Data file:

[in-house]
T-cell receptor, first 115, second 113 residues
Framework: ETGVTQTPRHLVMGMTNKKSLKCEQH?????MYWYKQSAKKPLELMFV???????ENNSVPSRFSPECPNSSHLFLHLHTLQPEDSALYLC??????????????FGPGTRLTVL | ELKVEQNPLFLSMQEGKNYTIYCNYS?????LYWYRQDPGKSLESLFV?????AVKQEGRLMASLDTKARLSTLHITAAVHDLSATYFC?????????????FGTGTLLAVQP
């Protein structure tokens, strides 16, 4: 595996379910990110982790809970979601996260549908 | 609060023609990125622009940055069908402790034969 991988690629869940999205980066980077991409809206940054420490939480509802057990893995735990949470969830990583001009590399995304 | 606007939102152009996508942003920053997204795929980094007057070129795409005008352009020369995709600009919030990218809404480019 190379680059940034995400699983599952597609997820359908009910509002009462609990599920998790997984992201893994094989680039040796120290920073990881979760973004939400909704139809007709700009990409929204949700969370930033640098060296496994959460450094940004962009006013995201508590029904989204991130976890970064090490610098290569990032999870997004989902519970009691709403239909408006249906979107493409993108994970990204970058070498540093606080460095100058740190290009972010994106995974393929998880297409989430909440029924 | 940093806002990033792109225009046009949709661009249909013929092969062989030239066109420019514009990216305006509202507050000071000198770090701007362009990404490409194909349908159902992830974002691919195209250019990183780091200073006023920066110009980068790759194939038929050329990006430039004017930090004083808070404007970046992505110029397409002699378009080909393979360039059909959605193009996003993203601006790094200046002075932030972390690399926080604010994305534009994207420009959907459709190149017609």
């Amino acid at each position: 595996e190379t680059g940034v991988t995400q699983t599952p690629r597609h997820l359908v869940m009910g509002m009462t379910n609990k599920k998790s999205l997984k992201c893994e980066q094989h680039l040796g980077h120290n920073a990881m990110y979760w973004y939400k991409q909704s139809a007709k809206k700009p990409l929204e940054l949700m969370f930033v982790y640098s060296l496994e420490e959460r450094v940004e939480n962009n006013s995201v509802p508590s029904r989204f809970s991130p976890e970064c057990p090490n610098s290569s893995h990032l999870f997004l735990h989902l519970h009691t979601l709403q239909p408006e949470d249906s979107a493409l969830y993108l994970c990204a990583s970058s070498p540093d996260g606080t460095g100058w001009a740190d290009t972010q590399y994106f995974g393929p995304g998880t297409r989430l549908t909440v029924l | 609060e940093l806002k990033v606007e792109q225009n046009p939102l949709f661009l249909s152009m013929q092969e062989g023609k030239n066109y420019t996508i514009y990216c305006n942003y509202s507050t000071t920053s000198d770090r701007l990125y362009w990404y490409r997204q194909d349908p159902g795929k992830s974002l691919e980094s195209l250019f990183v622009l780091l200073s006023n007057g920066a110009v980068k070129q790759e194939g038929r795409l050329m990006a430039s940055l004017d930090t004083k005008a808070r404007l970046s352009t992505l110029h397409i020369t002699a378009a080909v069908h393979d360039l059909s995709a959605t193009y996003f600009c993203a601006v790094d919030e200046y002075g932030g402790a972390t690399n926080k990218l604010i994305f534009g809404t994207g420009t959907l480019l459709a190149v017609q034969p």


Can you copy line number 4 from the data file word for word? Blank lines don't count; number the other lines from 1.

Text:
């Protein structure tokens, strides 16, 4: 595996379910990110982790809970979601996260549908 | 609060023609990125622009940055069908402790034969 991988690629869940999205980066980077991409809206940054420490939480509802057990893995735990949470969830990583001009590399995304 | 606007939102152009996508942003920053997204795929980094007057070129795409005008352009020369995709600009919030990218809404480019 190379680059940034995400699983599952597609997820359908009910509002009462609990599920998790997984992201893994094989680039040796120290920073990881979760973004939400909704139809007709700009990409929204949700969370930033640098060296496994959460450094940004962009006013995201508590029904989204991130976890970064090490610098290569990032999870997004989902519970009691709403239909408006249906979107493409993108994970990204970058070498540093606080460095100058740190290009972010994106995974393929998880297409989430909440029924 | 940093806002990033792109225009046009949709661009249909013929092969062989030239066109420019514009990216305006509202507050000071000198770090701007362009990404490409194909349908159902992830974002691919195209250019990183780091200073006023920066110009980068790759194939038929050329990006430039004017930090004083808070404007970046992505110029397409002699378009080909393979360039059909959605193009996003993203601006790094200046002075932030972390690399926080604010994305534009994207420009959907459709190149017609």